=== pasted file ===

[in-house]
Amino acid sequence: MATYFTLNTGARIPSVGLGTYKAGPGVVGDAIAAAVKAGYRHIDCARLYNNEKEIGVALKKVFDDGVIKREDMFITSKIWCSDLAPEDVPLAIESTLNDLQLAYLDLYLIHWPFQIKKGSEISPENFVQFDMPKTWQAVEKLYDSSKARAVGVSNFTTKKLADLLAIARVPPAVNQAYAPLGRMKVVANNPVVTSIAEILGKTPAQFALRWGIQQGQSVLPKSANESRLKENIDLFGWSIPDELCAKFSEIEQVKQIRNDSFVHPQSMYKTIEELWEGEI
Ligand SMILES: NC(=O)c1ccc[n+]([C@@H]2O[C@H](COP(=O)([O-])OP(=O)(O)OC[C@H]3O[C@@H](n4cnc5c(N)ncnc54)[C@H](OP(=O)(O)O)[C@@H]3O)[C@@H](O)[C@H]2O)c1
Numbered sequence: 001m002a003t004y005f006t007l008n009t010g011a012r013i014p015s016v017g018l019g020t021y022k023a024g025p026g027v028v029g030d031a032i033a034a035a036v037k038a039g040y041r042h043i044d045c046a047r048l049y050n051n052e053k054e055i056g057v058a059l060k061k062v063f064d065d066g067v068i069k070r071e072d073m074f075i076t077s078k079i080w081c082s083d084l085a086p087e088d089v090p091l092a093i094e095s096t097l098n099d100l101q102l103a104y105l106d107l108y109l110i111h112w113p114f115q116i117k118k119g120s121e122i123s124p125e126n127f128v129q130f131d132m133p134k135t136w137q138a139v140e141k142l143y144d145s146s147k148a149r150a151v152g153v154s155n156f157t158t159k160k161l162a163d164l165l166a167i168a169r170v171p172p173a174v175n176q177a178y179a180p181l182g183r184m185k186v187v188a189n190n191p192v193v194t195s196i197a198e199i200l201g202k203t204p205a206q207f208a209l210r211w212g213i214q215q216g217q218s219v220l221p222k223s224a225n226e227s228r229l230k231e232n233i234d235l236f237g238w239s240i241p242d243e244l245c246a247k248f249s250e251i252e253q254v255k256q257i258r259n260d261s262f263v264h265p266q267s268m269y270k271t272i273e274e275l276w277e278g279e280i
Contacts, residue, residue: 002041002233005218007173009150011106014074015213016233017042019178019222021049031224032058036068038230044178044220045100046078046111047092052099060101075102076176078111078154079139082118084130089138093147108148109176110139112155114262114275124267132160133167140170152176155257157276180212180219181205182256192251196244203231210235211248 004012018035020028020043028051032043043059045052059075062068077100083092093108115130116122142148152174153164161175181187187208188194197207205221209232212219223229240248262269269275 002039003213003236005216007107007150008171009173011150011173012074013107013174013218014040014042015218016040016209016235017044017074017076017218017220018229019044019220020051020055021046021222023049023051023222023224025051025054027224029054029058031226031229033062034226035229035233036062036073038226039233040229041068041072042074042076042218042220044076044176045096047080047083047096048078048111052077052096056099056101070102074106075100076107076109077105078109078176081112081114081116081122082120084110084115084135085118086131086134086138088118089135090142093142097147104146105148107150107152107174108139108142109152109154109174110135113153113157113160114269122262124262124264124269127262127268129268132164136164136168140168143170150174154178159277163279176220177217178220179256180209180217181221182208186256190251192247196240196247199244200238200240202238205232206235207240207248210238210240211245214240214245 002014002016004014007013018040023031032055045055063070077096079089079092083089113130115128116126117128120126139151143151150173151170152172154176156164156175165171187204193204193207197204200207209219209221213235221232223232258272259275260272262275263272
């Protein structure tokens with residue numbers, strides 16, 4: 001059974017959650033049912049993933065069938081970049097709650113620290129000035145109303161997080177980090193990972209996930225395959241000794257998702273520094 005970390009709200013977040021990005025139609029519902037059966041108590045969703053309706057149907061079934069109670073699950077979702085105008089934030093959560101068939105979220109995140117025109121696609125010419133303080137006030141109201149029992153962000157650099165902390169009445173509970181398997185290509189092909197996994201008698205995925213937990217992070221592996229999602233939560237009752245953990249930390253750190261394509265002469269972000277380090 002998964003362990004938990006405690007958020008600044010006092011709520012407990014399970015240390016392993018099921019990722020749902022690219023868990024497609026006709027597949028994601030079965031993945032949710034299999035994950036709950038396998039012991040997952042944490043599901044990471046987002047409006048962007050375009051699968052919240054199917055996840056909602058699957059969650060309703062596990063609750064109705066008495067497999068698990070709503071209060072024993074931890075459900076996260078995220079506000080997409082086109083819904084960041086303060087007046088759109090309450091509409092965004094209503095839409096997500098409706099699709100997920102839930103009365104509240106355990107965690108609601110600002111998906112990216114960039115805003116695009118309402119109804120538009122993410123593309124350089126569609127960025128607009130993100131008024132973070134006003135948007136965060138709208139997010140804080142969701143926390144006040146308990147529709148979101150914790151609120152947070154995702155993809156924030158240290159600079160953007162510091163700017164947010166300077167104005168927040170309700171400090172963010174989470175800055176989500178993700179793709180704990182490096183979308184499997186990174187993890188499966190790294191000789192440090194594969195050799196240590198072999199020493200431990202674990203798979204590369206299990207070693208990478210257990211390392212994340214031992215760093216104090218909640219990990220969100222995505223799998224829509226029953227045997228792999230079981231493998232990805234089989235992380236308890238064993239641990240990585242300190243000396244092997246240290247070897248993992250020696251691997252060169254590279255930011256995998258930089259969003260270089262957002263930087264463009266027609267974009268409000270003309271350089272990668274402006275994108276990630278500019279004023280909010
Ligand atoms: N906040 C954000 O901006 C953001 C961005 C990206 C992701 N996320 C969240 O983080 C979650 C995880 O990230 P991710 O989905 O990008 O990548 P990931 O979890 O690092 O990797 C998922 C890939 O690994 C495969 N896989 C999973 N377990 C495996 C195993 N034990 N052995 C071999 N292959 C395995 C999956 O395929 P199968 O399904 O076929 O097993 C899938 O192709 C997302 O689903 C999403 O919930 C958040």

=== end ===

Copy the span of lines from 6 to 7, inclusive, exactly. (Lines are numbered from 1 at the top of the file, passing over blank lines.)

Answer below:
């Protein structure tokens with residue numbers, strides 16, 4: 001059974017959650033049912049993933065069938081970049097709650113620290129000035145109303161997080177980090193990972209996930225395959241000794257998702273520094 005970390009709200013977040021990005025139609029519902037059966041108590045969703053309706057149907061079934069109670073699950077979702085105008089934030093959560101068939105979220109995140117025109121696609125010419133303080137006030141109201149029992153962000157650099165902390169009445173509970181398997185290509189092909197996994201008698205995925213937990217992070221592996229999602233939560237009752245953990249930390253750190261394509265002469269972000277380090 002998964003362990004938990006405690007958020008600044010006092011709520012407990014399970015240390016392993018099921019990722020749902022690219023868990024497609026006709027597949028994601030079965031993945032949710034299999035994950036709950038396998039012991040997952042944490043599901044990471046987002047409006048962007050375009051699968052919240054199917055996840056909602058699957059969650060309703062596990063609750064109705066008495067497999068698990070709503071209060072024993074931890075459900076996260078995220079506000080997409082086109083819904084960041086303060087007046088759109090309450091509409092965004094209503095839409096997500098409706099699709100997920102839930103009365104509240106355990107965690108609601110600002111998906112990216114960039115805003116695009118309402119109804120538009122993410123593309124350089126569609127960025128607009130993100131008024132973070134006003135948007136965060138709208139997010140804080142969701143926390144006040146308990147529709148979101150914790151609120152947070154995702155993809156924030158240290159600079160953007162510091163700017164947010166300077167104005168927040170309700171400090172963010174989470175800055176989500178993700179793709180704990182490096183979308184499997186990174187993890188499966190790294191000789192440090194594969195050799196240590198072999199020493200431990202674990203798979204590369206299990207070693208990478210257990211390392212994340214031992215760093216104090218909640219990990220969100222995505223799998224829509226029953227045997228792999230079981231493998232990805234089989235992380236308890238064993239641990240990585242300190243000396244092997246240290247070897248993992250020696251691997252060169254590279255930011256995998258930089259969003260270089262957002263930087264463009266027609267974009268409000270003309271350089272990668274402006275994108276990630278500019279004023280909010
Ligand atoms: N906040 C954000 O901006 C953001 C961005 C990206 C992701 N996320 C969240 O983080 C979650 C995880 O990230 P991710 O989905 O990008 O990548 P990931 O979890 O690092 O990797 C998922 C890939 O690994 C495969 N896989 C999973 N377990 C495996 C195993 N034990 N052995 C071999 N292959 C395995 C999956 O395929 P199968 O399904 O076929 O097993 C899938 O192709 C997302 O689903 C999403 O919930 C958040």